• –   The opposite view is relevant, opposite of the main argument/position, significant and clearly expressed.

        • It explicitly or implicitly challenges or it brings out the contradictory issues.

        • Relevant—that strengthens the opposite view

        • Significant

        • Clearly expressed

      • Point 1:

      • –   The opposite view is relevant, but may lack clarity, or be of minor significance or just acknowledges an alternative position

        • Is relevant

        • The challenging view may be implicit, or it brings out the contradictory issue.

        • May lack clarity though it is possible to tell what the writer meant

        • May be immature or not significant in general

        • Acknowledges alternative position.

      • Point 0:

      • –   The alternative view is not relevant or not clear

        • Not relevant or responsive to the issue

        • It is unclear to the extent that it is impossible to tell the meaning

    3. (ii)

      Rebuttal (2 to 0; Maximum 4 and Minimum 0):

      • Point 2:

      • –   Explicitly and directly responsive to the opposite view is rebutted by relevant elaboration, strengthens and does not contradict the original position of the author.

        • It does not contradict the main position of the author—it connects back to the original position

        • Directly and effectively refutes the opposite view.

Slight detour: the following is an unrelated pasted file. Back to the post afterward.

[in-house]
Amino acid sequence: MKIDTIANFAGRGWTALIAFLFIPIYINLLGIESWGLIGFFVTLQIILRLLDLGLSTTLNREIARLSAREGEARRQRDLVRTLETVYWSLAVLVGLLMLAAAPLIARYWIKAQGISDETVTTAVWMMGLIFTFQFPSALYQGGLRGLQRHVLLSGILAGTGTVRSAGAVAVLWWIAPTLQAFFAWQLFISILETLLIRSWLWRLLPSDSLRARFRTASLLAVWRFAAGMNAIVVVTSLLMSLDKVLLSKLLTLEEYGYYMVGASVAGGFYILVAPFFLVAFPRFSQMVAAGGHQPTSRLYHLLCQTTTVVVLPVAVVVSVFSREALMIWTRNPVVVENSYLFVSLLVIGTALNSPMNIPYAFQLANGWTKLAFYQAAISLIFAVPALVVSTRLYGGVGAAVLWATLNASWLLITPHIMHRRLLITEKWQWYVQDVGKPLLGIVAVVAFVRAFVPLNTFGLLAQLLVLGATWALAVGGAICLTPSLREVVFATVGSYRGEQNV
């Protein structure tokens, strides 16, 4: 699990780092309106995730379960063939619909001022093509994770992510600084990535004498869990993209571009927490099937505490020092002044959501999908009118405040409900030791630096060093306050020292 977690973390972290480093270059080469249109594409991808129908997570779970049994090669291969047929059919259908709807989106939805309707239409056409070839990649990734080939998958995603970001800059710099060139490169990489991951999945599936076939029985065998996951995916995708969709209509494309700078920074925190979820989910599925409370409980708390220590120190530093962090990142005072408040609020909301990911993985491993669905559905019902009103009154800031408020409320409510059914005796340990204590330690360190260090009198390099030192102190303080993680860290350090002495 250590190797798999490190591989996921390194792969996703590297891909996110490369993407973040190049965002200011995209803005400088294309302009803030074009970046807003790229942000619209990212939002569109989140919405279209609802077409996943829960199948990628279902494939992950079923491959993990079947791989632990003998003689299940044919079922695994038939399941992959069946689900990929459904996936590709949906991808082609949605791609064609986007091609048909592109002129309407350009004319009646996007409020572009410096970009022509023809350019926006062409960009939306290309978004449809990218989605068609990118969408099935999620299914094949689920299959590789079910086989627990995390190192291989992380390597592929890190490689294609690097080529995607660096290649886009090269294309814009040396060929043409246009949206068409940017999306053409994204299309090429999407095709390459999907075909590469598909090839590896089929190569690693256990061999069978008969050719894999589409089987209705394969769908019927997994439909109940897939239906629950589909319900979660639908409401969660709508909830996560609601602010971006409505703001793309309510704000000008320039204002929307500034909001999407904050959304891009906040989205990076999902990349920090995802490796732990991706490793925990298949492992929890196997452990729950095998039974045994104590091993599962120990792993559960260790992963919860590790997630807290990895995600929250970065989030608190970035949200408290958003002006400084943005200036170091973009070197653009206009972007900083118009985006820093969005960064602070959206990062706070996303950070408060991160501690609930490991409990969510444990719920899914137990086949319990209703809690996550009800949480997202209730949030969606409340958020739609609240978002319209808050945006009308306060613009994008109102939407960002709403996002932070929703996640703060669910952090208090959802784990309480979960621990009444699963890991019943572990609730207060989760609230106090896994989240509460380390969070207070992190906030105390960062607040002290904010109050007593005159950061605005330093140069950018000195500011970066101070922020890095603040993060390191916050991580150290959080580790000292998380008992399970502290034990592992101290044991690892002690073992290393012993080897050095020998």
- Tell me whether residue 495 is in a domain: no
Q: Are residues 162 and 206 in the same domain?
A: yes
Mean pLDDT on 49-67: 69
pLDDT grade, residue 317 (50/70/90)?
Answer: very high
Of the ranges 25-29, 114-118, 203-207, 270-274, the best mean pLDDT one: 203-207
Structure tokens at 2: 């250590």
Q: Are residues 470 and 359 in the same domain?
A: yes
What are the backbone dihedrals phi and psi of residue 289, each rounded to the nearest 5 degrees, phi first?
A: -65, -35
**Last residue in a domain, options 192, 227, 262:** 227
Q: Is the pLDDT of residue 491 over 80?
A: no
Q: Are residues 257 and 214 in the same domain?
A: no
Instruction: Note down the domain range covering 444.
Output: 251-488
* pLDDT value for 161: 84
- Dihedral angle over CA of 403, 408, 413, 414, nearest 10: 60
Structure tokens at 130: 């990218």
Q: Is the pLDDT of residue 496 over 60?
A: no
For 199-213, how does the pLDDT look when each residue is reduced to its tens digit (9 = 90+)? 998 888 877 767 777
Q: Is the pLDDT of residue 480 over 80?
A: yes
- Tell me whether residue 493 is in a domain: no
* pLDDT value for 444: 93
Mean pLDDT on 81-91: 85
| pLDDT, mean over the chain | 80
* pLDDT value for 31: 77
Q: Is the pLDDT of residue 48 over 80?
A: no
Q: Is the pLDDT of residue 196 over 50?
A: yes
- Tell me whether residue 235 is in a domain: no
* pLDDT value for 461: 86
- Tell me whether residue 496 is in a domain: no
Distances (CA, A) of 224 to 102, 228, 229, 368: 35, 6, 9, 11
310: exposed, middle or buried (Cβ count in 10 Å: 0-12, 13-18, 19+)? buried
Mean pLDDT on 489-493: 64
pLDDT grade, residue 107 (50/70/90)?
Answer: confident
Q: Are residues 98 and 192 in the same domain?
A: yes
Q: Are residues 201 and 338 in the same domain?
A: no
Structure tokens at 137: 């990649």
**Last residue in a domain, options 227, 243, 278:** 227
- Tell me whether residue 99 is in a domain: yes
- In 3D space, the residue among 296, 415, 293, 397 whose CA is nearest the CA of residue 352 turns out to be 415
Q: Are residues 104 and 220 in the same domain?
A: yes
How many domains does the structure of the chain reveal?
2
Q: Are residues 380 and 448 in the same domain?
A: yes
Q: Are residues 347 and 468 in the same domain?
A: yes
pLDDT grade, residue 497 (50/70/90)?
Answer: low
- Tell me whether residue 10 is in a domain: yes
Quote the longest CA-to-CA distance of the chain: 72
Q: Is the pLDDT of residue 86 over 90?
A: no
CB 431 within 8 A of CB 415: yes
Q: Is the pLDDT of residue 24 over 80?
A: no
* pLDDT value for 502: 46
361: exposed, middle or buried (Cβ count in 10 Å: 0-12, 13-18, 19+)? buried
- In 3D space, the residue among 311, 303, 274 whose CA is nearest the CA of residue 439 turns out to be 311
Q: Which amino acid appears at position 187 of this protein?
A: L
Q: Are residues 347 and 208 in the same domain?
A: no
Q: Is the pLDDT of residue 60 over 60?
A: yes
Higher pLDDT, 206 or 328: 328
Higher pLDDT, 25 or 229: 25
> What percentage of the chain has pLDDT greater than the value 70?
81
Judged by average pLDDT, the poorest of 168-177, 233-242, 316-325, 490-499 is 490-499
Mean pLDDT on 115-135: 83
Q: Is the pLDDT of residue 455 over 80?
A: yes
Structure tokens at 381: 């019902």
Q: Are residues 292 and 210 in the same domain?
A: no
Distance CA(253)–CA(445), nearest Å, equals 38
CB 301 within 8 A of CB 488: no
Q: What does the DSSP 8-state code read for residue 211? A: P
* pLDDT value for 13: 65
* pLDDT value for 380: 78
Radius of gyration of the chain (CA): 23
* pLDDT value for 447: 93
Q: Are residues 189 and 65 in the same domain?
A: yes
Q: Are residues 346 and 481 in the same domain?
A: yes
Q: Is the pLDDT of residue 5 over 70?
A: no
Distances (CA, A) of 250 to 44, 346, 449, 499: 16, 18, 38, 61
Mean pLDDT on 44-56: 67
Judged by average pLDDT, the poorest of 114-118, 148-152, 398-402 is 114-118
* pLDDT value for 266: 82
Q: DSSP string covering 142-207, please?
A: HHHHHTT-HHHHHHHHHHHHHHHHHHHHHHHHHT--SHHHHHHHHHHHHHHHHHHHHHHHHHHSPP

• Clearly expressed

        • The elaboration includes examples based on evidence, anecdotal account or both

        • Well developed examples and evidence

      • Point 1:

      • –   The opposite view is implicitly/explicitly rebutted by relevant elaboration which may lack clarity

        • It does not contradict the main position—it connects back to the original position.

        • The elaboration may or may not include examples based on evidence (facts) or anecdotal account or both.

        • It lacks clarity

        • May be partially developed

      • Point 0:

      • –   The elaboration supporting the rebuttal is irrelevant or contradicts the author’s original position.

    4.   b)

      Direct Engagement (2 to 0)

      • Point 2:

      • –   Degree of engagement of the audience in the argument development is high. The presentation of the argument is explicitly dialogical in nature. Emotionally appealing to the reader.

        • Author engages the reader (e.g., have you ever thought about it; how would you feel; imagine that)

      • Point 1:

      • –   Degree of engagement of the audience in the argument development is less, but present. The author does not appeal to the reader effectively. The presentation shows the marks of the dialog, but it is not rhetorically developed.